1 "I waited patiently for the LORD; He turned to me and heard my cry."
Psalm 40:1 (NIV)
In 1992, my mom and I were in line at McDonald’s in Bloomington, Indiana, when we spotted who we thought was Damon Bailey.
Damon Bailey was a folk hero in Indiana by the time he was 14 years old. Sportswriter, author and commentator John Feinstein said, “Bailey was a phenom in a basketball-crazed state.”
Former Indiana University basketball coach Bobby Knight went to watch Bailey when he was in the eighth grade.
In the state championship game at the Hoosier Dome his senior year in high school, 41,000 people attended. Bailey led a comeback for the win. Feinstein said, “If ‘Hoosiers’ [the movie] hadn’t been made already, you could have made a movie out of that.”
Indianians were so enamored with Bailey that they handpicked grass out of his front yard. I was smitten too. I shot hoops pretending to be Damon Bailey curling around a screen or hitting a game-winner against Kentucky.
To understand Bailey’s disproportionate status, you have to know the context.
Basketball is central to Indiana’s identity. Indiana claims John Wooden, Larry Bird, Coach Knight and the five-time National Champion Hoosiers, particularly, the 1976 Hoosiers, the last men’s college basketball team to go undefeated.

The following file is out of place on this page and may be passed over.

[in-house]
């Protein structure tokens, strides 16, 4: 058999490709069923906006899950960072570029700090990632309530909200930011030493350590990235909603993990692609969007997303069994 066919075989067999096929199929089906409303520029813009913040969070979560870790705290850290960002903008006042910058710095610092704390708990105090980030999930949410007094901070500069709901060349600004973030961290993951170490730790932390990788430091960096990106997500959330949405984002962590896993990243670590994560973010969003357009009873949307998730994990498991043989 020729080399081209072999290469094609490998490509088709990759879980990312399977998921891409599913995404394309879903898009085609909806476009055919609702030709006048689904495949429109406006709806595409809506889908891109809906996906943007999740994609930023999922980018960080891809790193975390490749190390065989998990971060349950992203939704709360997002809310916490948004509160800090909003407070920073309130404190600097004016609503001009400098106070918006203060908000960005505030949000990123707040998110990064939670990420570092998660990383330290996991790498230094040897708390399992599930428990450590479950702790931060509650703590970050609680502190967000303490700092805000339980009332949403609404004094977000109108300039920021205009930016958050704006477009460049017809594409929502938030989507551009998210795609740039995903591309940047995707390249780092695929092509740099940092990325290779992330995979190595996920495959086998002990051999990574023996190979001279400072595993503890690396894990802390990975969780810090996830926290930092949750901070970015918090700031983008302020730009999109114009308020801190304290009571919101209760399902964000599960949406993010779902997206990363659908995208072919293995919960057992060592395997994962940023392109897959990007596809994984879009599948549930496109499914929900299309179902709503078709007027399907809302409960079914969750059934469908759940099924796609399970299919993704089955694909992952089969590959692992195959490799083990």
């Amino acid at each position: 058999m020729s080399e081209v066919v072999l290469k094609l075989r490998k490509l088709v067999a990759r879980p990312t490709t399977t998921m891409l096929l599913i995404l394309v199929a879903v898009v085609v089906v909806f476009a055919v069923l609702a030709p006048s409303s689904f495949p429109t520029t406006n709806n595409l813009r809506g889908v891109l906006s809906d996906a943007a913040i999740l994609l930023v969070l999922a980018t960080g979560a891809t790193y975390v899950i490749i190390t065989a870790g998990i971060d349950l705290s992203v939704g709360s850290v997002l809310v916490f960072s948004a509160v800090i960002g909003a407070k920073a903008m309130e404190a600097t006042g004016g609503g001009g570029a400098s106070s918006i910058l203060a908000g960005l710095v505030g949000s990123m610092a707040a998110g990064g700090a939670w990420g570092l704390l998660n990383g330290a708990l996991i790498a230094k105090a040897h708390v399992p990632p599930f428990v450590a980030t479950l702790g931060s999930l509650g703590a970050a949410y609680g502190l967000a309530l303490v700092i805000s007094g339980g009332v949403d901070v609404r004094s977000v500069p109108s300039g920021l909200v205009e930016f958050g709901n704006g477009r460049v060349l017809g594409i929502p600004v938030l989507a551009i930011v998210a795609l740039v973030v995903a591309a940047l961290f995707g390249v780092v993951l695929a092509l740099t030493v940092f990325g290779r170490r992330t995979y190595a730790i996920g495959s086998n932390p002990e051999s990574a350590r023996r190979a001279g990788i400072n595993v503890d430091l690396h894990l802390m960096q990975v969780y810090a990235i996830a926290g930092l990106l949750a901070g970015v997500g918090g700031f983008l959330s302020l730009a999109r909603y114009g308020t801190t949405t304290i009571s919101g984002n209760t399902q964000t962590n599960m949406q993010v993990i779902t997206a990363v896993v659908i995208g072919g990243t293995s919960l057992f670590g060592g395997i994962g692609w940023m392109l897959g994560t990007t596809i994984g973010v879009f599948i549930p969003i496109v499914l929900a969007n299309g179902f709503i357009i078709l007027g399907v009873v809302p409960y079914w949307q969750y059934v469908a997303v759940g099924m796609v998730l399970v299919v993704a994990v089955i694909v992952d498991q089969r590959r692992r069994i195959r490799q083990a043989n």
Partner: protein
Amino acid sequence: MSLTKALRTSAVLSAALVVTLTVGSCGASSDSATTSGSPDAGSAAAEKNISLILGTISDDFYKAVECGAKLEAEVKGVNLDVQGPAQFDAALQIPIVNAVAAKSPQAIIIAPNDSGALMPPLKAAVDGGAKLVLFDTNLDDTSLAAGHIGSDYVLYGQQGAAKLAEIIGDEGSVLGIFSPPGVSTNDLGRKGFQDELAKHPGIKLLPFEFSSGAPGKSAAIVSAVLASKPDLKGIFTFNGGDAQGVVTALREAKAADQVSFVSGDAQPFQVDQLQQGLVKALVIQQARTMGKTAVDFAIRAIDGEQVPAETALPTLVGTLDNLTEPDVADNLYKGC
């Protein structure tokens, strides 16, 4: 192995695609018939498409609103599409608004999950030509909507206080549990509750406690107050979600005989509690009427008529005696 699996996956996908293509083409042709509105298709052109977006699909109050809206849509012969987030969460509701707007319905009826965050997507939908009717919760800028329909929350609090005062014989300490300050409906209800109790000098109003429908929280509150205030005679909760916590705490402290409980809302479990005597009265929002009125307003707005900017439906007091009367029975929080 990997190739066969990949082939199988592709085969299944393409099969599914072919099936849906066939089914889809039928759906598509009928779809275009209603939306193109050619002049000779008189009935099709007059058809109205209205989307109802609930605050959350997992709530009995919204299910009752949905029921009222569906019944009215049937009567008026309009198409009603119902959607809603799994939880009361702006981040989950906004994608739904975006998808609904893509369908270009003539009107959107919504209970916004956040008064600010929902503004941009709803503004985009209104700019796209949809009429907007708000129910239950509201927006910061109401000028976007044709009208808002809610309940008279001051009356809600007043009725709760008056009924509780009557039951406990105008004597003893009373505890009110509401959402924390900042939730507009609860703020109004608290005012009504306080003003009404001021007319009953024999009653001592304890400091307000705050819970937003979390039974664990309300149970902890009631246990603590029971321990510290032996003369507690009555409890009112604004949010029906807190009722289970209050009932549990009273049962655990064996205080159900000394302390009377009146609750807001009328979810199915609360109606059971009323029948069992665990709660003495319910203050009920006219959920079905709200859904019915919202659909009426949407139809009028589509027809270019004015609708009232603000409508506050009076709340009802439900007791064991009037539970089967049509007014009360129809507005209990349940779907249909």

Bailey brought national attention back to basketball in Indiana. He was the USA Today High School Player of the Year. At Indiana University, he was a four-year starter and an AP All-American in 1994.
Back to McDonald’s. Before we recognized who it was, I noticed his shoes. They were Bo Jackson cross trainers.
When we realized it was Damon Bailey, we asked him to confirm our suspicion, “Hi, are you Damon Bailey?”
Then he turned to us. We hurried to get a napkin for him to sign.
Being “turned to” is to be acknowledged and honored. It is to be heard. I would have been devastated if Damon Bailey had not turned to us.
Even more so, we would be devastated if God did not turn to us.
But God does turn to us. In Jesus, God shines His face on us and is gracious to us. In Jesus, God reconciles us to Himself and lifts us up. In Jesus, God makes eye contact with the human race.
Athlete, you have God’s ear. God has turned to you. Can you believe it? What are you going to say? What are you going to do?
Start by setting God apart and thanking Him for all He has done.